Indian society has always discriminated against those who are not born out of wedlock. This non-acceptance has made the issue of child custody of illegitimate children a delicate matter. The custody rights of unmarried individuals are different from those who are married.
Illegitimate child in India.
As given by the Supreme court in “Smt. Parayankandiyal v. K.Devi & Ors”, illegitimate children are children who are not born out of lawful wedlock. The legitimacy or illegitimacy of a child depends on the status of valid or void marriage.
Custody of Illegitimate children under different personal laws:
Hindu law dictates that a marriage is valid, only if all conditions listed under Section 5 and Section 7 of the Hindu marriage act are fulfilled. Only children born out of such marriages are considered to be legitimate.
According to Section6(a) of the Hindu Minority and Guardianship Act, the Father is considered as the natural guardian of the legitimate son and unmarried legitimate daughter, after which the mother. Provided that the custody of a minor who has not completed the age of five years shall ordinarily be with the mother.
However, Section 6(b) of the Act deals with illegitimate children. As per this the mother is the natural guardian of an ill-conceived boy or ill-conceived unmarried girl, the fathers’ case of guardianship comes after hers.
Exception of Live in relationship
In “Tulsa & others vs. Durghatiya & others” the Apex court held that children born out of live-in relationships are not to be considered as illegitimate. The parents of the child must have cohabitated for a certain amount of time so that the society recognizes them as husband & wife. Hence, laws which are applicable to legitimate children will also be applicable to children born out of live-in relationships.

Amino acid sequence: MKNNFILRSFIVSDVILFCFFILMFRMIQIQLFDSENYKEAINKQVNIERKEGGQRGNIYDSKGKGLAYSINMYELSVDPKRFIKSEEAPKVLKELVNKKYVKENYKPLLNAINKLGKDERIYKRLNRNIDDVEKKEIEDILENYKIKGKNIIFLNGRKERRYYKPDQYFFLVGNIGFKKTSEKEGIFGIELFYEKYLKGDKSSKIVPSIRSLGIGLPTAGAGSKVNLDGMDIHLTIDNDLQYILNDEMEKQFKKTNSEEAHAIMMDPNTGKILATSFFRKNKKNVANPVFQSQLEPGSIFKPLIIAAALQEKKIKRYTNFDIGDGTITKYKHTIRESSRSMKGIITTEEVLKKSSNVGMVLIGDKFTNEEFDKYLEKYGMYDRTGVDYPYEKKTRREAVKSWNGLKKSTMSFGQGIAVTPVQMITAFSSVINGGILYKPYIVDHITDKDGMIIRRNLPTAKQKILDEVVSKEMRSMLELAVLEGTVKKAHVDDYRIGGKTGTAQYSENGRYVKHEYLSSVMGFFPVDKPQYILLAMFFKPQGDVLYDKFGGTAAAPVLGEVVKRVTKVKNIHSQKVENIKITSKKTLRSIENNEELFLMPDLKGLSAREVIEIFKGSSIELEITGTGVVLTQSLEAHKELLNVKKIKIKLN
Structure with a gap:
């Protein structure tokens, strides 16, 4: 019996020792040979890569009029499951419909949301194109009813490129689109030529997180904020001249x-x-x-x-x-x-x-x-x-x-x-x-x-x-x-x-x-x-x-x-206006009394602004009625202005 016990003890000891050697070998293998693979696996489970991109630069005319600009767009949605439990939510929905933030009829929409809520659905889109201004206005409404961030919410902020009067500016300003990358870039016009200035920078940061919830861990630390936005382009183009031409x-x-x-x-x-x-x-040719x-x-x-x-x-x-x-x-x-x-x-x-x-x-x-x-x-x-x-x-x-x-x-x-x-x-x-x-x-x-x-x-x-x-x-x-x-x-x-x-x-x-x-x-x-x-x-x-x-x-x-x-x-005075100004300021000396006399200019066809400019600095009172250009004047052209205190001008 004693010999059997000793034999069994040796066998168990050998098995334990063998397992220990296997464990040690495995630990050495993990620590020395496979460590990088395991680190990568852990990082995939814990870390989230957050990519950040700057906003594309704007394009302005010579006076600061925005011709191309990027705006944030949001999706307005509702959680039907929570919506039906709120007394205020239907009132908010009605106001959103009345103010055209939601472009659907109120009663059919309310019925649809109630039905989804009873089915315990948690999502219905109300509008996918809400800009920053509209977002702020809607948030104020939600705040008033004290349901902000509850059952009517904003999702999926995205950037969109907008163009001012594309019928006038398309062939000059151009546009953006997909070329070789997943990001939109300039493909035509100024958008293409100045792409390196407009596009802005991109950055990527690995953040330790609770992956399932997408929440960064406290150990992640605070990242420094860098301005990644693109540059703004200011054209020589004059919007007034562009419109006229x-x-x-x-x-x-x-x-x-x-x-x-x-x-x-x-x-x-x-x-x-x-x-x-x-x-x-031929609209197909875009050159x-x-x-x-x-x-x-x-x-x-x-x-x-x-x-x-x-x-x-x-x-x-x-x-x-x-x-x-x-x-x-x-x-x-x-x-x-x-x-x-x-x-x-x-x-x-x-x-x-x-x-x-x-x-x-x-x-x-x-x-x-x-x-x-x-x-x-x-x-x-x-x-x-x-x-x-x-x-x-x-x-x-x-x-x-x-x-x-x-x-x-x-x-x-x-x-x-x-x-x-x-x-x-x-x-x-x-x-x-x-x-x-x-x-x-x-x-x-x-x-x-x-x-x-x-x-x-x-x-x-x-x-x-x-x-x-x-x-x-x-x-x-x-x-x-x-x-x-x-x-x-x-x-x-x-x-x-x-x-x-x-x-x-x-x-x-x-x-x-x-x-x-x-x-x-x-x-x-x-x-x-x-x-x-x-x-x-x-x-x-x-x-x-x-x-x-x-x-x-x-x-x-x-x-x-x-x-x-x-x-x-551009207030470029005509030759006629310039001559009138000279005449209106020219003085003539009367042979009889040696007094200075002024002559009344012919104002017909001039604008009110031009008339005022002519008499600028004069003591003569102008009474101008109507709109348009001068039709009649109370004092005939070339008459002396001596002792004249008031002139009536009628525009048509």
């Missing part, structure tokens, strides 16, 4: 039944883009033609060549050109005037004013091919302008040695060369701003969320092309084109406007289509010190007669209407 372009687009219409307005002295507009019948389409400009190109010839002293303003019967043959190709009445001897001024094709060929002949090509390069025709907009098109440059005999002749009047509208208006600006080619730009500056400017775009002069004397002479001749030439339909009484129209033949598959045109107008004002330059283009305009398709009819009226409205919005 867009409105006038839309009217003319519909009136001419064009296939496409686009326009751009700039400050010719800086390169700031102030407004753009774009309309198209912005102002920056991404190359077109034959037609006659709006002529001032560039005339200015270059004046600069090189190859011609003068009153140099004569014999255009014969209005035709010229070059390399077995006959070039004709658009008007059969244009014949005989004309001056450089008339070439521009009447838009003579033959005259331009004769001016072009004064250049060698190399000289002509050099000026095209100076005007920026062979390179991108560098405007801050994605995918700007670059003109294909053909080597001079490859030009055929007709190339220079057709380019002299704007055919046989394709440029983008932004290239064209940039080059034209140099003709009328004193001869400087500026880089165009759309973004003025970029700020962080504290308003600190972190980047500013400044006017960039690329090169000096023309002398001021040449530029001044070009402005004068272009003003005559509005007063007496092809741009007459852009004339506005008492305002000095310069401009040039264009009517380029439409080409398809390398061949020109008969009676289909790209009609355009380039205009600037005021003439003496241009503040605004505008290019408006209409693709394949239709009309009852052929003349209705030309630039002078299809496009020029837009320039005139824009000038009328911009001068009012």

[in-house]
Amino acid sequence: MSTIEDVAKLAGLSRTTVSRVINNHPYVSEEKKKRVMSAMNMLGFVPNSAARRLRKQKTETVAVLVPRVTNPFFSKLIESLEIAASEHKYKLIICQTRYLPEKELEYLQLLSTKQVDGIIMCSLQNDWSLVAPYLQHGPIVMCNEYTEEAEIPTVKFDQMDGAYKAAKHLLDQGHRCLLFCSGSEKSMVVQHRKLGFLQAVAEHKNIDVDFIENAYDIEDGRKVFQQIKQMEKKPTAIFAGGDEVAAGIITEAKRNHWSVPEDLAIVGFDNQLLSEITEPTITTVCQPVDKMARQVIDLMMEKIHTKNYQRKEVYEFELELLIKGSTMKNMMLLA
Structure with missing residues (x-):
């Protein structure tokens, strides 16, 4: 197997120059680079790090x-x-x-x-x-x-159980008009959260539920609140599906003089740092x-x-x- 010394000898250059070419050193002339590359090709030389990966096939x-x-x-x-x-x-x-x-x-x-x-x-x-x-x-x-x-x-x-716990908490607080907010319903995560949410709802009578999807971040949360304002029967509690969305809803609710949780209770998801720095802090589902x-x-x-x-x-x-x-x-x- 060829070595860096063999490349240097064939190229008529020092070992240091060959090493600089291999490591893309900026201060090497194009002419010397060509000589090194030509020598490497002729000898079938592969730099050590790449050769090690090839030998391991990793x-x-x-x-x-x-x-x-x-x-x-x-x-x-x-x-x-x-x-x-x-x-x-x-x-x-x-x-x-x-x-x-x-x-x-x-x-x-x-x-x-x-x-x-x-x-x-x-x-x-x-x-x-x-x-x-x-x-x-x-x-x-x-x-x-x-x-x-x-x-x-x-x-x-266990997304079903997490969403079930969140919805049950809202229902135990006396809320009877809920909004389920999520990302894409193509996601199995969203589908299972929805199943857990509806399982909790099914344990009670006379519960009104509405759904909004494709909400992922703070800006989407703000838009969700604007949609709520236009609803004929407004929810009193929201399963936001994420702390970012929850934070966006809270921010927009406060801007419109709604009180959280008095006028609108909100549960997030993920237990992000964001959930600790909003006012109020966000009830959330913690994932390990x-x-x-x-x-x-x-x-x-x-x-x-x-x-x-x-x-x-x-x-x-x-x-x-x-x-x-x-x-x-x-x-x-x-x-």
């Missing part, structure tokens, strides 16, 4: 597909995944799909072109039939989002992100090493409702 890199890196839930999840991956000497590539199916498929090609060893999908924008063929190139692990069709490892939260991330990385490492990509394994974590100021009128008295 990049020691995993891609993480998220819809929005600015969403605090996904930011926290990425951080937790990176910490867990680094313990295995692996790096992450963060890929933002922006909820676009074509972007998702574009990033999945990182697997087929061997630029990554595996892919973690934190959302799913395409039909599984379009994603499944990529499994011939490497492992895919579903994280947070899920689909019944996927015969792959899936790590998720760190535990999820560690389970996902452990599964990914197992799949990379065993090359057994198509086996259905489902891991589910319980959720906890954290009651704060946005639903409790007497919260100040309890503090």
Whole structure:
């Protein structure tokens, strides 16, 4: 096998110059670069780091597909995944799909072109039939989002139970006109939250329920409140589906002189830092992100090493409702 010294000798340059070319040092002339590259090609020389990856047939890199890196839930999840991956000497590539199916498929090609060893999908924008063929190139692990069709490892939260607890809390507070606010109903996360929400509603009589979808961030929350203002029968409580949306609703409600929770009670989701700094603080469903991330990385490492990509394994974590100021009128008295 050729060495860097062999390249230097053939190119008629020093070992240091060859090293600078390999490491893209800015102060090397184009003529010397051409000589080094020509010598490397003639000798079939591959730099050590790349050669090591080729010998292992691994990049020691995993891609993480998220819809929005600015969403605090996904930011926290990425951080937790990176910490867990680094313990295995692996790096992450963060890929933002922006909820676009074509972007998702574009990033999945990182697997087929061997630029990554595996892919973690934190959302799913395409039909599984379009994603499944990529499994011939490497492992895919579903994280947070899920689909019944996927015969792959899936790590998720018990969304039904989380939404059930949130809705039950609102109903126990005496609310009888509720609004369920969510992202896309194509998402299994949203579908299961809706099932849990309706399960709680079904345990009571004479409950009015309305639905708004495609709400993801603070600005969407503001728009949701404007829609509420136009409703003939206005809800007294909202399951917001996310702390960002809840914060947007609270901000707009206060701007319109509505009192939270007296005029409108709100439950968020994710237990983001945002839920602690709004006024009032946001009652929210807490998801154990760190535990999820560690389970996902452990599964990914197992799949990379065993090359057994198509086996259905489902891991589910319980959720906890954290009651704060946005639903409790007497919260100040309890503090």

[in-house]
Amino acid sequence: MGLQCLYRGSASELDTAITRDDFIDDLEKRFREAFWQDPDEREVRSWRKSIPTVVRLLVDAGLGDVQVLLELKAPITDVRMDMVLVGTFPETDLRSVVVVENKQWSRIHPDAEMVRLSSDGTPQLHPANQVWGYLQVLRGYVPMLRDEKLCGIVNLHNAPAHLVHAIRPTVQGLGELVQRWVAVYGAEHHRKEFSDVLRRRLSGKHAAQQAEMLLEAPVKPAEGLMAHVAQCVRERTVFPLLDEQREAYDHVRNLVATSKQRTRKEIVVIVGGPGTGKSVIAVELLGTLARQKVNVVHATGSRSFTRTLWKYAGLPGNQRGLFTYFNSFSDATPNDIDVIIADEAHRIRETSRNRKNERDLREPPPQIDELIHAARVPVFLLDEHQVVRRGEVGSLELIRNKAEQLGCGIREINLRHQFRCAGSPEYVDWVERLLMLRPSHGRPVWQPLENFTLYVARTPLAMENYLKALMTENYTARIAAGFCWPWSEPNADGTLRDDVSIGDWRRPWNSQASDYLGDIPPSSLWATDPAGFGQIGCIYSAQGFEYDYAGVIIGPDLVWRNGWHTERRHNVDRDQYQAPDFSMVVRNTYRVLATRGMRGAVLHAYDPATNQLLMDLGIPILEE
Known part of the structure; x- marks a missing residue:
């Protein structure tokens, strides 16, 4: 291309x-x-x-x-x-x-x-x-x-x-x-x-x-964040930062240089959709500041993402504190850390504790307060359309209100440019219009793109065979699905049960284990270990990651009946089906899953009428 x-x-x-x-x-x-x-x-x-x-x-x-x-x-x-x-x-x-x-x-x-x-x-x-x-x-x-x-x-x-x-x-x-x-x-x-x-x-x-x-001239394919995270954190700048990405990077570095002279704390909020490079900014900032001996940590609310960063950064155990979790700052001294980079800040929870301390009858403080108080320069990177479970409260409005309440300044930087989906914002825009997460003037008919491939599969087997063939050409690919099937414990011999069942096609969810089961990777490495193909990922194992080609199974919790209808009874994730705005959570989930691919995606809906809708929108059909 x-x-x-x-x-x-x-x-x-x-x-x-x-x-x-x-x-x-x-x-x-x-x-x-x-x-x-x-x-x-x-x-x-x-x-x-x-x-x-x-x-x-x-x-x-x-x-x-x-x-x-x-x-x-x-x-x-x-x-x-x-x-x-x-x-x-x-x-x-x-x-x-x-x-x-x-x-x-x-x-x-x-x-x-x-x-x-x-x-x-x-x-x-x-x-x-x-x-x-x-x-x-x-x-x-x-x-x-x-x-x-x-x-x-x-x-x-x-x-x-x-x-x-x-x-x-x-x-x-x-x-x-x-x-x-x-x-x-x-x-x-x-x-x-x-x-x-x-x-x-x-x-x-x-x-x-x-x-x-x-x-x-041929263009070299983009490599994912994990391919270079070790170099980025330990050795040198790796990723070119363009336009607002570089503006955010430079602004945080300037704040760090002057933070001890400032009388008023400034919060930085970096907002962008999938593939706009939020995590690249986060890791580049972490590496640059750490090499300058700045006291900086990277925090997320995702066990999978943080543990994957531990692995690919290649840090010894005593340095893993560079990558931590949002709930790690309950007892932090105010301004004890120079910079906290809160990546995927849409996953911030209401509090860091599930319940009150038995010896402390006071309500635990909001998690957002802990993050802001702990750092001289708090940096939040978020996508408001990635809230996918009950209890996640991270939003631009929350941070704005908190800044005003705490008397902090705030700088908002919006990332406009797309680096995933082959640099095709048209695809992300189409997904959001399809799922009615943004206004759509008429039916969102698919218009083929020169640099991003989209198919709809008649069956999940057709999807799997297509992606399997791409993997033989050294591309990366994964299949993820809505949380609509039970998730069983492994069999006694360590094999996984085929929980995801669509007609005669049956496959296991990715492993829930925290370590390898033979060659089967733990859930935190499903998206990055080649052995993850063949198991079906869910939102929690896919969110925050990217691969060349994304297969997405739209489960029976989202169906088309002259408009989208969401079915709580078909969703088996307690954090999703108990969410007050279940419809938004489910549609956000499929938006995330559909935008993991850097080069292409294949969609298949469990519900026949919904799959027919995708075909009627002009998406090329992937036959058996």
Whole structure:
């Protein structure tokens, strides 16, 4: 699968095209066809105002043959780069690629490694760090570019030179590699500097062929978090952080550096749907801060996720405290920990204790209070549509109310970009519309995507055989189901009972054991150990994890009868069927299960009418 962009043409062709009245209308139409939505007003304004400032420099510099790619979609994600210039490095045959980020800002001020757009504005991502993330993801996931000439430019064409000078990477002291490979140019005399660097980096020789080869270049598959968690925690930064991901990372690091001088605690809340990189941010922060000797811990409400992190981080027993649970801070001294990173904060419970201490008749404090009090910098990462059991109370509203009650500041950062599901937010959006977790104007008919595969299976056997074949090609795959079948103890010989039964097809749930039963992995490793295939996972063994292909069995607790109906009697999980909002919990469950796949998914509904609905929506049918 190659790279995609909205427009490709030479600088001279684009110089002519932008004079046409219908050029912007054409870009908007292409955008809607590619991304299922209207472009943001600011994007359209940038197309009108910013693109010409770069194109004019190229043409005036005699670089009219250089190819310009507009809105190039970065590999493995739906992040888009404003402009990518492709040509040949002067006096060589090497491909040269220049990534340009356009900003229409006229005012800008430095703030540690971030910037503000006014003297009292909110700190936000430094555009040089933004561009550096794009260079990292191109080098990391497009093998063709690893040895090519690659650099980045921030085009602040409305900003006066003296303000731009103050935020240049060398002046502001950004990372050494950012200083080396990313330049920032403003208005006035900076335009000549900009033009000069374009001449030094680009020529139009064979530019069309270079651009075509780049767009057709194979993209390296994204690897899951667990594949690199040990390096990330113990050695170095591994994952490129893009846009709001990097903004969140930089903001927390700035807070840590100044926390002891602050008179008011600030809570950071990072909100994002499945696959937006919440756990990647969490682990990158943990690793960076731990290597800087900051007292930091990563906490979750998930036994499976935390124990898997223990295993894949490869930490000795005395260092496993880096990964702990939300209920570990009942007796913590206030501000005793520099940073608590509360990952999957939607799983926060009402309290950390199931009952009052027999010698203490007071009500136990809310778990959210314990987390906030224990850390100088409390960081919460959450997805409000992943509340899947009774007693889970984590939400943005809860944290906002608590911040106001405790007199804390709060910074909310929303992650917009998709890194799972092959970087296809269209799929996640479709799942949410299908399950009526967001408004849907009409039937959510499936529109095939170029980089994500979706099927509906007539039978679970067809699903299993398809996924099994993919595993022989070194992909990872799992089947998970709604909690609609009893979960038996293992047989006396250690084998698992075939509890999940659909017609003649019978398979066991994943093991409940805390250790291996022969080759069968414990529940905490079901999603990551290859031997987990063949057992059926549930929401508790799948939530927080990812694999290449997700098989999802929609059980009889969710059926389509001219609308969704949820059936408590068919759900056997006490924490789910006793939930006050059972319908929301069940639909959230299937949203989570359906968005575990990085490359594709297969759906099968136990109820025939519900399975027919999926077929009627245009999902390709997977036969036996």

Under Muslim law, the custody of an illegitimate child lies with the mother until the age of seven, after which it is the child’s choice. Fathers are not entitled to guardianship or custody of minor illegitimate children under.
As for the custody of an illegitimate child belonging to different religion, the court in “ABC v. The State (NCT of Delhi)” held that an unwedded mother can legally claim her child’s custody for the interim duration unless the child’s biological father brings forth any objections. It further stated that “It is the unwed mother who has the primary custodial rights with regard to her children and that the father is not conferred an equal status merely by virtue of his having fathered the child.”
Which Parent Gets Custody?
Irrespective of the natural guardian, one may always file for custody. As stated in “Sheoli Hathi vs. Somnath Das”; “the welfare & well-being of the child shall be the paramount consideration while deciding the custody of the child.” The courts always make an effort to grant both parents equal rights with regards to Custody. However, in some cases the custody rights are granted to only one parent. While determining which parent should be granted custody, the courts might consider the:
- Mental, physical and emotional ability to make legal decisions on behalf of another person;
- The history between the child and parent;
- Any history of abuse or neglect;
- Wishes of minor child;
- Financial status of both parents
Though courts do not discriminate against fathers, it can be difficult for the father to win a child custody battle. However, with child custody laws evolving in India, Indian Courts have adopted the uniform practice of keeping the child’s best interest in mind while granting custody.
About the Author – Aditya Pratap
Aditya Pratap is a lawyer practising in Mumbai. He argues cases in the Bombay High Court, Sessions and Magistrate Courts, along with appearances before RERA, NCLT and the Family Court. For further information one may visit his website adityapratap.in or view his YouTube Channel to see his interviews. Questions can be emailed to him at email@example.com.
This Article is made by Aditya Pratap in assistance with Karthyayani Amblimath.
Cases argued by Aditya Pratap can be viewed here.
Disclaimer: Every effort has been made to ensure the accuracy of this publication at the time it was written. It is not intended to provide legal advice or suggest a guaranteed outcome as individual situations will differ and the law may have changed since publication. Readers considering legal action should consult with an experienced lawyer to understand current laws and how they may affect a case.